We believe a fair reading of the Agriculture Improvement Act of 2018 and the accompanying conference report indicates that Congress intended for this provision to only apply to individuals seeking a license or authorization to produce hemp in accordance with a state, tribal or USDA plan.

The conference report accompanying the Agriculture Improvement Act of 2018 specifies

“negligent and other types of producer violations that require enforcement under a state or tribal plan. One such producer violation includes the felony ban regarding individuals that cannot “participate in state or tribal plans.” The conference report then states that the felony ban “shall not apply to producers” who were lawfully participating in a state hemp pilot program prior to enactment. The felony ban clearly applies to producers.

The Agriculture Improvement Act of 2018 further specifies requirements that must be fulfilled before a producer can participate in a State, Tribal or Federal plan including:

  • Providing a legal description of land on which the producer produces hemp;
  • Producing hemp containing less than 0.3 percent THC on a dry weight basis.

These requirements that a producer must meet to lawfully participate in a State, Tribal or Federal plan are consistent with the roles and responsibilities of an individual seeking a license or authorization from the government. The hemp felony ban therefore applies to individuals seeking to obtain and maintain a license or authorization from the government to produce hemp. The hemp felony ban should not apply to any other individuals engaged in lawful hemp production under a State, Tribal or Federal plan, including any individuals employed by a producer.

We therefore urge USDA to follow congressional intent and limit the application of the felony ban only to individuals seeking to obtain a license or authorization to produce hemp in accordance with the Agriculture Improvement Act of 2018.

To further discuss our views, please contact Aline DeLucia with the National Association of State Departments of Agriculture; or Scott Bennett with the American Farm Bureau Federation; or Eric Steenstra with Vote Hemp; or Grant Smith with the Drug Policy Alliance.

Thank you for considering our perspective,

American Farm Bureau Federation
Drug Policy Alliance
National Association of State Departments of Agriculture
Vote Hemp

Vote Hemp Submits Comments to Food and Drug Administration Regarding Regulation of CBD

WASHINGTON, D.C. — Vote Hemp, the nation’s leading grassroots hemp advocacy organization, has submitted comments to the Food and Drug Administration regarding proposed regulatory policies for hemp-derived cannabidiol, or CBD, products. Submitted at the invitation of the Food and Drug Administration, given recent December, 2018 legislation in the Farm Bill to legalize hemp farming in the U.S. and remove hemp from Schedule I of the Controlled Substances Act; Vote Hemp’s proposal for FDA regulation of CBD products focuses on the imperatives to 1) Require that U.S. manufactured CBD products be produced in accordance with FDA standards for dietary supplements; and 2) Assert the importance of FDA acceptance of only plant-derived CBD products within existing framework for dietary supplement manufacturing and labeling; and 3) Have FDA promptly issue an Interim Final Rule with an accelerated effective date authorizing the sale of hemp-derived dietary supplements and foods containing CBD.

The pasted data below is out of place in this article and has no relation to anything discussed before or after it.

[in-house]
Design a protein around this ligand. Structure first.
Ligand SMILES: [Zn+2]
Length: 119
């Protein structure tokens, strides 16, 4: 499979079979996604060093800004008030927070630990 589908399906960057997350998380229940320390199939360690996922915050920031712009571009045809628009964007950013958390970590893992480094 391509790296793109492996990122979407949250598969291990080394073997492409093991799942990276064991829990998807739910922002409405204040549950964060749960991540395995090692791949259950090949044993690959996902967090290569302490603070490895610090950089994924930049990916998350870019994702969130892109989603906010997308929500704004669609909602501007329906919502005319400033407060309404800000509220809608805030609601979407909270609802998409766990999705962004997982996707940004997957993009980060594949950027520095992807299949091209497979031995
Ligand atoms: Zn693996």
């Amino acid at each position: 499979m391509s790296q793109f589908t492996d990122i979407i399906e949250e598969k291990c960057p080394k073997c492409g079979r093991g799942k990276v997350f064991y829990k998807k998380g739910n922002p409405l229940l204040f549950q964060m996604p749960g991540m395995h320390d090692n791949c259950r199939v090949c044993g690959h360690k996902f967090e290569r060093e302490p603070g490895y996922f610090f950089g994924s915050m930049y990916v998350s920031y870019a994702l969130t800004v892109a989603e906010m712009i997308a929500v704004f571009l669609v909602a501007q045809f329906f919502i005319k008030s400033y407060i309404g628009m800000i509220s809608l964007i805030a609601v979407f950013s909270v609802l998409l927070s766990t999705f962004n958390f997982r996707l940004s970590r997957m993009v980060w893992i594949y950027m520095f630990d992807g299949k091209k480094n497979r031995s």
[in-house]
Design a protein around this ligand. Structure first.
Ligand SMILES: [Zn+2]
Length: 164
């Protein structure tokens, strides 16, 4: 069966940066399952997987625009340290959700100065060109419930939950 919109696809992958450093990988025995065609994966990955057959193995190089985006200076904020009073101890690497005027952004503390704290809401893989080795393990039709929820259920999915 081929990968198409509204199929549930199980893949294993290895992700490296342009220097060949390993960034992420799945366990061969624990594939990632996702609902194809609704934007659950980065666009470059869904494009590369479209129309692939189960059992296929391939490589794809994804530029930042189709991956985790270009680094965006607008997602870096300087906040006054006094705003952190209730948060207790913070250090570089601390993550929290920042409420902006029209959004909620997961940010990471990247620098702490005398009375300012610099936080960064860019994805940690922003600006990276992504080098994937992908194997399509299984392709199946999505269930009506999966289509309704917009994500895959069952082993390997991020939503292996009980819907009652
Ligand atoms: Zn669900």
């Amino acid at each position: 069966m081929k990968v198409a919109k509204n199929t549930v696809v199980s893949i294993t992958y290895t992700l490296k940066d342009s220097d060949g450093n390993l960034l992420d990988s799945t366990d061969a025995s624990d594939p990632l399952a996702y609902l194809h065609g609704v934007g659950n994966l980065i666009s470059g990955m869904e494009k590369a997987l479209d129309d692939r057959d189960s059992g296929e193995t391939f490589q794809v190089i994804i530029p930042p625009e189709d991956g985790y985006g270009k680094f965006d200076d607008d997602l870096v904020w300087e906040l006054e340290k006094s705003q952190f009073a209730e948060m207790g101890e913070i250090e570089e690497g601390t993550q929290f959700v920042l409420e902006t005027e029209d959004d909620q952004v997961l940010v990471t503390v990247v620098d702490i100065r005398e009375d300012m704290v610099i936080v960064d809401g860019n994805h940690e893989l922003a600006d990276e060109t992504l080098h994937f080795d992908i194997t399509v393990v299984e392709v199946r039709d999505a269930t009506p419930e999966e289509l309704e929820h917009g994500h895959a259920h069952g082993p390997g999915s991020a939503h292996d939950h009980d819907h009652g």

To read Vote Hemp’s statement to the FDA, regarding CBD product regulation, please visit: www.VoteHemp.com/fdacomments.

“Vote Hemp is eager to continue this dialog with the Food and Drug Administration, to share our expertise on hemp products and the U.S. market for hemp goods, and ensure that consumers are able to obtain products manufactured according to the same best-practices and requirements for health and safety, that all other herbal dietary supplement products are accountable to,” said Eric Steenstra, President of Vote Hemp. “The consumer demand for CBD products is for hemp plant-derived, high quality products, made from hemp grown by American farmers—not synthetic imitations. We look forward to engaging with FDA further to ensure the interests of hemp famers, business owners, and hemp consumers are protected.”

One of the fastest-growing sectors of the U.S. hemp market, hemp-derived CBD product sales are expected to exceed $646 million in annual revenue by 2022, according to Hemp Business Journal. For more information about the hemp-derived CBD market in the U.S., please visit: https://www.votehemp.com/press_releases/annual-retail-sales-for-hemp-derived-cbd-products-estimated-exceed-646-million-by-2022/.

Vote Hemp consulted with State agriculture officials and calculated that approximately 78,176 acres of hemp crops were planted across 24 states during 2018 in the U.S., 40 universities conducted research on hemp cultivation, and 3,544 State hemp licenses were issued across the country. Data from market research by Hemp Business Journal supports an estimate of total retail sales of hemp food, supplements and body care products in the United States at $553 million. Sales of popular hemp items like non-dairy milk, shelled seed, soaps and lotions have continued to increase, complemented by successful hemp cultivation pilot programs in several states, and increasing grassroots pressure to allow hemp to be grown domestically on a commercial scale once again for U.S. processors and manufacturers. Hemp Business Journal has also reviewed sales of clothing, auto parts, building materials and various other products, and estimates the total retail value of hemp products sold in the U.S. in 2017 to be at least $820 million. The United States is the largest consumer market for hemp products in the world.

# # #

Vote Hemp is a national, single-issue, non-profit organization dedicated to the acceptance of and a free market for industrial hemp and to changes in current law to allow U.S. farmers to once again grow the agricultural crop. More information about hemp legislation and the crop’s many uses may be found at www.VoteHemp.com.